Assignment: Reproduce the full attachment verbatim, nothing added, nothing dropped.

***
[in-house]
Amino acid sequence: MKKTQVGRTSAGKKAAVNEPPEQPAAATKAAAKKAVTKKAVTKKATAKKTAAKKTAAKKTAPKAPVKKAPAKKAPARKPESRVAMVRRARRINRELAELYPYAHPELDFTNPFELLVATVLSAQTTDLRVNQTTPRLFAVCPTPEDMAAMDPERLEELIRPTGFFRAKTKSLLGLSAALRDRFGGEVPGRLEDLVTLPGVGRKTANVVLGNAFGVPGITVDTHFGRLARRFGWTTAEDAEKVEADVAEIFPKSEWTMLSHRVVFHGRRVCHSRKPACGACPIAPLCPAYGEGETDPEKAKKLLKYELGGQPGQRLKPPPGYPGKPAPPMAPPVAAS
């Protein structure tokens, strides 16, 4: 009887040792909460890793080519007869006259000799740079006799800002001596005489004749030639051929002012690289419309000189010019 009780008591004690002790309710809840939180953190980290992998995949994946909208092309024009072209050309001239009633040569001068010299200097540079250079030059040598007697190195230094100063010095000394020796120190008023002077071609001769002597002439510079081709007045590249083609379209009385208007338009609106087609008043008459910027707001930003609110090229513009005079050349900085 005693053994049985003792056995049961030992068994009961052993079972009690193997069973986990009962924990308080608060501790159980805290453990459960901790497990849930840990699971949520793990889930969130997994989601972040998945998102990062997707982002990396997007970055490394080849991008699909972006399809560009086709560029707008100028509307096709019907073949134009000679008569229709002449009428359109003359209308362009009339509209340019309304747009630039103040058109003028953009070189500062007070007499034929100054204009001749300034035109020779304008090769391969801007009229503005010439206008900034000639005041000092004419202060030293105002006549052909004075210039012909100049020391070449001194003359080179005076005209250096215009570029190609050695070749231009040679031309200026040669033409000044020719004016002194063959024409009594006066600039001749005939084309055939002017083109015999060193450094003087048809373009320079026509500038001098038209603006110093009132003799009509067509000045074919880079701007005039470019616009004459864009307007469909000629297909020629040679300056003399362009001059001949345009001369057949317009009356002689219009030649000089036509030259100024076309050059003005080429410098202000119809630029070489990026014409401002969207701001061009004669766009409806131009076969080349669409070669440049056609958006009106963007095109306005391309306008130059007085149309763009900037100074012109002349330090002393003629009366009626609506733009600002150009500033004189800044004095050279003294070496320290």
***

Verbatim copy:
[in-house]
Amino acid sequence: MKKTQVGRTSAGKKAAVNEPPEQPAAATKAAAKKAVTKKAVTKKATAKKTAAKKTAAKKTAPKAPVKKAPAKKAPARKPESRVAMVRRARRINRELAELYPYAHPELDFTNPFELLVATVLSAQTTDLRVNQTTPRLFAVCPTPEDMAAMDPERLEELIRPTGFFRAKTKSLLGLSAALRDRFGGEVPGRLEDLVTLPGVGRKTANVVLGNAFGVPGITVDTHFGRLARRFGWTTAEDAEKVEADVAEIFPKSEWTMLSHRVVFHGRRVCHSRKPACGACPIAPLCPAYGEGETDPEKAKKLLKYELGGQPGQRLKPPPGYPGKPAPPMAPPVAAS
């Protein structure tokens, strides 16, 4: 009887040792909460890793080519007869006259000799740079006799800002001596005489004749030639051929002012690289419309000189010019 009780008591004690002790309710809840939180953190980290992998995949994946909208092309024009072209050309001239009633040569001068010299200097540079250079030059040598007697190195230094100063010095000394020796120190008023002077071609001769002597002439510079081709007045590249083609379209009385208007338009609106087609008043008459910027707001930003609110090229513009005079050349900085 005693053994049985003792056995049961030992068994009961052993079972009690193997069973986990009962924990308080608060501790159980805290453990459960901790497990849930840990699971949520793990889930969130997994989601972040998945998102990062997707982002990396997007970055490394080849991008699909972006399809560009086709560029707008100028509307096709019907073949134009000679008569229709002449009428359109003359209308362009009339509209340019309304747009630039103040058109003028953009070189500062007070007499034929100054204009001749300034035109020779304008090769391969801007009229503005010439206008900034000639005041000092004419202060030293105002006549052909004075210039012909100049020391070449001194003359080179005076005209250096215009570029190609050695070749231009040679031309200026040669033409000044020719004016002194063959024409009594006066600039001749005939084309055939002017083109015999060193450094003087048809373009320079026509500038001098038209603006110093009132003799009509067509000045074919880079701007005039470019616009004459864009307007469909000629297909020629040679300056003399362009001059001949345009001369057949317009009356002689219009030649000089036509030259100024076309050059003005080429410098202000119809630029070489990026014409401002969207701001061009004669766009409806131009076969080349669409070669440049056609958006009106963007095109306005391309306008130059007085149309763009900037100074012109002349330090002393003629009366009626609506733009600002150009500033004189800044004095050279003294070496320290």